It’s typically quarterbacks who are forever linked by their draft class. The 1983 crop of passers was one of the most dynamic and productive ever to enter the NFL at the same time. The members of the 2004 class, which featured Eli Manning, Ben Roethlisberger and Phillip Rivers, are still jostling to determine which franchise got the better player.
Even when success is clearly evident, there always seem to be connections. Peyton Manning and Ryan Leaf. Robert Griffin III and Andrew Luck.
This year, though, may be the start of a new bond at a new position. It is the first time in 15 years that three tight ends went in the first round. From 2011-16, only two other tight ends even went that high in the draft. And on Sunday, the top two tight ends will be on the field at the same time for the first time in their young NFL careers.
O.J. Howard of the Bucs (selected 19th overall) and Evan Engram of the Giants (23rd overall) will go head-to-head.
The two won’t need much of an introduction, however. They both played in the same college conference and they even trained together in Phoenix before the Combine last winter.
“I always knew of him, kept up with him throughout the SEC,” said Engram, who went to Ole Miss while Howard was at Alabama. “He’s a cool dude. I got to know him pretty well. We hung out together, worked together, killed everything together.”
So far — and it is less than a month into their careers — it’s Engram who is emerging as the more productive player. In fact, Engram’s quick start to this season is fairly historic. He has 13 catches for 138 yards and six first downs, all of them tops among rookie tight ends. Since 2003 there have been 17 tight ends selected in the first round, and only four of them had more than five receptions in their first two games, a list that now includes Engram (he had eight). Howard has just two catches in two games.
That, however, will certainly change.
“Their offense at ’Bama, he was definitely more involved blocking,” Engram said of Howard. “They definitely had more of a pro-style offense, so he was attached more. I was flexed more, stretched out. But he did some stuff flexed out at the Senior Bowl and I was shocked at how athletic he was. I always knew he was a good player, but the dude is a freak . . . He’s going to be really good.”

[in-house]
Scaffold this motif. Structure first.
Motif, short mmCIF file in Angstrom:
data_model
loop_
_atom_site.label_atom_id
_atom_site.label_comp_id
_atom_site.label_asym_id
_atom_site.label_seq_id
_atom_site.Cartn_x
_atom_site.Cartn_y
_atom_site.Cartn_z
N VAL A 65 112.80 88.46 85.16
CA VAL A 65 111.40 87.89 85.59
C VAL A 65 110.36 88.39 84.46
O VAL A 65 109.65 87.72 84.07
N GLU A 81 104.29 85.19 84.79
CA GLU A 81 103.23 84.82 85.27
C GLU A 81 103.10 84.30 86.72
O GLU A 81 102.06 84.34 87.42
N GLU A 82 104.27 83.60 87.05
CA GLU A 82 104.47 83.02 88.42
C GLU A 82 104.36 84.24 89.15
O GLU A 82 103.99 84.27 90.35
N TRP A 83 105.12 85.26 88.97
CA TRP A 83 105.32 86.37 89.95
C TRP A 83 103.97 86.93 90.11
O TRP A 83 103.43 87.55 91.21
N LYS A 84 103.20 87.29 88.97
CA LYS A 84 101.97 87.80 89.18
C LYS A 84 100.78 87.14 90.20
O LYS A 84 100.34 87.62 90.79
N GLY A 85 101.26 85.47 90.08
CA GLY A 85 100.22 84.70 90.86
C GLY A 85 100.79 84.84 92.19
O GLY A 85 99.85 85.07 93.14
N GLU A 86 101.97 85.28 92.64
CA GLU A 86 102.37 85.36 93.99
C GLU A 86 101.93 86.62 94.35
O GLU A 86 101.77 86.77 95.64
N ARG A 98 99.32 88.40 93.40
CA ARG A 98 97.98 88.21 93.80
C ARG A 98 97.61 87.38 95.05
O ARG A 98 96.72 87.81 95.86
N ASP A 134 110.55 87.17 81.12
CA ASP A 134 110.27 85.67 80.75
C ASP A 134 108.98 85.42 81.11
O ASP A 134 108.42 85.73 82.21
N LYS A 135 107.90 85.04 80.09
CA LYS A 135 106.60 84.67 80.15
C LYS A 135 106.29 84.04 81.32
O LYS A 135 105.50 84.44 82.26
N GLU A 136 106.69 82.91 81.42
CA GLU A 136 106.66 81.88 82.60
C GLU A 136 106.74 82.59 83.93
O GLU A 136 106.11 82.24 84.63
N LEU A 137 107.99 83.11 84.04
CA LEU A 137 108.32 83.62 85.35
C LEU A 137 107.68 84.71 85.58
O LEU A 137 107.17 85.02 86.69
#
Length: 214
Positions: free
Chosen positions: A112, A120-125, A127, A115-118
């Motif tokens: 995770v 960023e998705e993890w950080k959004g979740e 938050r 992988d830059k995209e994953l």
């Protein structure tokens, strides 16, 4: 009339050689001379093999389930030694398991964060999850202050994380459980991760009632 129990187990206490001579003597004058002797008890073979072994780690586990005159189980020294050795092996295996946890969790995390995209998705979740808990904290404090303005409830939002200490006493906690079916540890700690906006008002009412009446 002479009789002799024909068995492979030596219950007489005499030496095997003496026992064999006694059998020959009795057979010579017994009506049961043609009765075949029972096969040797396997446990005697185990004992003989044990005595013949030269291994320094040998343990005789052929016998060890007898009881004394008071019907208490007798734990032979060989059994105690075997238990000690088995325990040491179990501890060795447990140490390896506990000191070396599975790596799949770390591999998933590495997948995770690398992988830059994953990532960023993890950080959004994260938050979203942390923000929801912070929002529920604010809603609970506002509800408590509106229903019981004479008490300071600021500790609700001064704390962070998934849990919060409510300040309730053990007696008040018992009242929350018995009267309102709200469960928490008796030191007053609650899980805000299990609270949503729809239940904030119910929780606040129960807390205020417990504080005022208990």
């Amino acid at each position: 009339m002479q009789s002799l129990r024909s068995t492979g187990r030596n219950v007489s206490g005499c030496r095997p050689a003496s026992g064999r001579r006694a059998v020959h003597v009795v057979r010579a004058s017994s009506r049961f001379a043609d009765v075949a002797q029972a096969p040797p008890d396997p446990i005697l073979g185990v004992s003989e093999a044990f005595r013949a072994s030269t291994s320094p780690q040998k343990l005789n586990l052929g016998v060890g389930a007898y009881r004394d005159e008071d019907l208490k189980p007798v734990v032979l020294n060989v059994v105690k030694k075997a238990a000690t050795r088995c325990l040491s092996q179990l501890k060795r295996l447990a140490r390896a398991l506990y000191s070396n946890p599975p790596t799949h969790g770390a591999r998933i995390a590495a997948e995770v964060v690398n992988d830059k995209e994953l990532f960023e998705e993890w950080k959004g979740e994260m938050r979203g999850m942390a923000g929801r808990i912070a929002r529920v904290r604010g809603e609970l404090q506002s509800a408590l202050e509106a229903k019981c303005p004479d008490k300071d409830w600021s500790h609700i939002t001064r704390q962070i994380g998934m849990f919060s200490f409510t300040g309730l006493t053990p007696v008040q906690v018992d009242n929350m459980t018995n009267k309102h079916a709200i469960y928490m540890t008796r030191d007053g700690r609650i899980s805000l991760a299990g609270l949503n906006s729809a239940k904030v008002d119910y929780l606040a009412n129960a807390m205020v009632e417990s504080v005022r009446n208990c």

The Giants think that of Engram, too.
“Obviously, Evan is someone that we like what he can do, both from a run game standpoint and from a pass game standpoint,” offensive coordinator Mike Sullivan said.
This is not the first time the Giants and Bucs will likely spend several years comparing each others’ first-round picks at the same position. In 2012, the Bucs selected running back Doug Martin with the 31st overall selection and the Giants took David Wilson at 32. Wilson had to retire prematurely because of a neck condition, and Martin has had an up-and-down career but will not be available for Sunday’s game. He is still serving a four-game suspension that he began last season.
“You definitely keep up with those guys,” Engram said of Howard and David Njoku, the other first-round tight end who went to the Browns with the 29th overall selection. “You wish them well but you are also kind of competing a little bit.”
These tight ends, so far, seem to both be beneficial to their teams.
Only time will tell who picked the better one in 2017.
How O.J. Howard and Evan Engram, the top two tight ends taken in the draft this year, compare:
Category Engram Howard
Games 3 2
Starts 1 2
Targets 19 4
Receptions 13 2
Yards 138 29
TDs 1 0